When we think cars, we think Detroit! Or Japan if the international scene is involved. But over the past two years, a seemingly innocuous player has blazed its way across the automotive horizon of the world and that is Mexico. A clutch of stalwart companies including Ford, Toyota, Nissan and BMW have already pledged investments exceeding $5 billion to bump production in the country by 54% and open up an estimated 20,000 new jobs.
So what has caused this sudden exodus to the South? The developments have been gradual and this propitious boost is the result of the conjunction of a number of reasons.
The impetus of production has always been closely tied to labor costs. It is a recurring investment and can overshadow conveniences of logistics and sophistication of equipment. Mexico however has also grown to be a hub of well qualified white collar workers who are technically competent and can manipulate the latest machines and navigate the advancements in robotics almost as well as (or even better than) than their US counterparts. And this has fuelled the urgency to transfer a part of manufacturing to its shores.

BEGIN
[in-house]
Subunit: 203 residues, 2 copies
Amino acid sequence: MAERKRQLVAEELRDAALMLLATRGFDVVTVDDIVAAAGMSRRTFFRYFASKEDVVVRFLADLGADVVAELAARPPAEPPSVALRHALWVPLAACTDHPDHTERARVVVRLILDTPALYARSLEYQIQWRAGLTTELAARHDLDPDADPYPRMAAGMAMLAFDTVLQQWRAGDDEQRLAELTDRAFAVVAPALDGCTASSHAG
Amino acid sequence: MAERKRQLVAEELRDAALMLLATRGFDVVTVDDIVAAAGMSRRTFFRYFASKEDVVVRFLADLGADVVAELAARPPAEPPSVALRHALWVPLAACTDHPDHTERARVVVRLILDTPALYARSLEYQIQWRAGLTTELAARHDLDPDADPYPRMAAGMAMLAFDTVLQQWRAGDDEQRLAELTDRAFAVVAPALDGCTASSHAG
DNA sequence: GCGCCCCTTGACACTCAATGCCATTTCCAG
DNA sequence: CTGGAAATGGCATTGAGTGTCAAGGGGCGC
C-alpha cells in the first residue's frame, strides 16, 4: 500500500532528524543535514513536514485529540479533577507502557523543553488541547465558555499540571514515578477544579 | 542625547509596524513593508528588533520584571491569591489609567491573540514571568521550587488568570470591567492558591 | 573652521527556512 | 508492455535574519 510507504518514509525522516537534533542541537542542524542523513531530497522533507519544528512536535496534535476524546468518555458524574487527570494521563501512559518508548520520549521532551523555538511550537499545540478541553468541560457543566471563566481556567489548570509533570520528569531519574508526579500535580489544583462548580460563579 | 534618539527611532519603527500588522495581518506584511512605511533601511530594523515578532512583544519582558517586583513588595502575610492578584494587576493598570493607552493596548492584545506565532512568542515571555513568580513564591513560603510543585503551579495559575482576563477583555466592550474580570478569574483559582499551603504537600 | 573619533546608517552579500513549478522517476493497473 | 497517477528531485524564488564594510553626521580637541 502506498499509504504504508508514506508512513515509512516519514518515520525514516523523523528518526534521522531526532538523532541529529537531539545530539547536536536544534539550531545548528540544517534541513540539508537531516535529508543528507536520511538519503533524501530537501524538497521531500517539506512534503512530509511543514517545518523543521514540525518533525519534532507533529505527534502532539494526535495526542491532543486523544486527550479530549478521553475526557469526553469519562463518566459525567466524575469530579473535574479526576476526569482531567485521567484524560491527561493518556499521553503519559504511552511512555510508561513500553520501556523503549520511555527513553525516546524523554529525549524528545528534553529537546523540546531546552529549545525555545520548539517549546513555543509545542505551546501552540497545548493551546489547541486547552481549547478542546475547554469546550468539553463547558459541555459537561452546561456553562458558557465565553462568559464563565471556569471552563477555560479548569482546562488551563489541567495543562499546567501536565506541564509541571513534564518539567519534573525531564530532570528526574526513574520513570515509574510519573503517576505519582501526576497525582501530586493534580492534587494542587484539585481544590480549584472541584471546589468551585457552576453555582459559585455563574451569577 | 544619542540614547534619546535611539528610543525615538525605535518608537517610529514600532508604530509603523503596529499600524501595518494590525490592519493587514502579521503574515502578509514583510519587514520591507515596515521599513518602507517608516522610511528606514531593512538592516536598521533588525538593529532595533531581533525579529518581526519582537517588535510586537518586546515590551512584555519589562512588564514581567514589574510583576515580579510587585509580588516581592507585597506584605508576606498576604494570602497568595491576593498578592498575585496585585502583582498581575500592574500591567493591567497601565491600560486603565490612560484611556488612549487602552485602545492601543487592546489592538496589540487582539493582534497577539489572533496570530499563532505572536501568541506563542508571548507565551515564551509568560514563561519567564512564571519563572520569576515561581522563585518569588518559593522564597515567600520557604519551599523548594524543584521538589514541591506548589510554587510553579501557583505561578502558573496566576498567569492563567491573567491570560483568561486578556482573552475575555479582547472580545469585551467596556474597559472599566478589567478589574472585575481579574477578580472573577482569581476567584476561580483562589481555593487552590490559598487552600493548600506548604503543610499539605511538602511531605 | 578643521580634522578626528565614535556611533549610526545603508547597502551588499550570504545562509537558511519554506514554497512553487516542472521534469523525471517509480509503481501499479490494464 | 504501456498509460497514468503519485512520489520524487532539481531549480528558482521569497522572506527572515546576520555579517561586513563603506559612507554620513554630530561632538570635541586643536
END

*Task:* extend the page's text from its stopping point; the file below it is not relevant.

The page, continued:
The Center for Automotive Research has found that auto assembly plant employees are happy with an hourly rate of $5.64 compared to $27.78 charged by North American workers. The scenario is repeated where the pay of part suppliers is concerned. Mexico is content with $2.47 an hour where US natives must have $19.65.
Last but not the least; Mexico has made giant strides in the field of Free Trade Agreements. It has spent the better part of a decade pushing FTAs with more than 40 countries and thanks to its strategic location where it has easy access to both the Pacific and the Atlantic coastlines, cities like Chihuahua and Guadalajara can lay claim to the sobriquet of automotive trade hubs of the western world.
WHAT THE FUTURE SHOWS:
Mexico still has a long way to go before it can catch up with the US in terms of substantial automotive investments. The lion’s share is still grabbed by the Stars & Stripes nation that has already secured $10 billion for the coming year.
However Canada has bitten dust with a paltry $800 million. And this says a lot. Mexico’s triumph lies in the fact that the endeavors initiated on its soil do not concern re-tooling or improvements. They are hard-core factory units pumping much needed GDP into the veins of the country.
Tella Tool & Manufacturing looks forward to the future and has high hopes for the Mexican auto industry boom.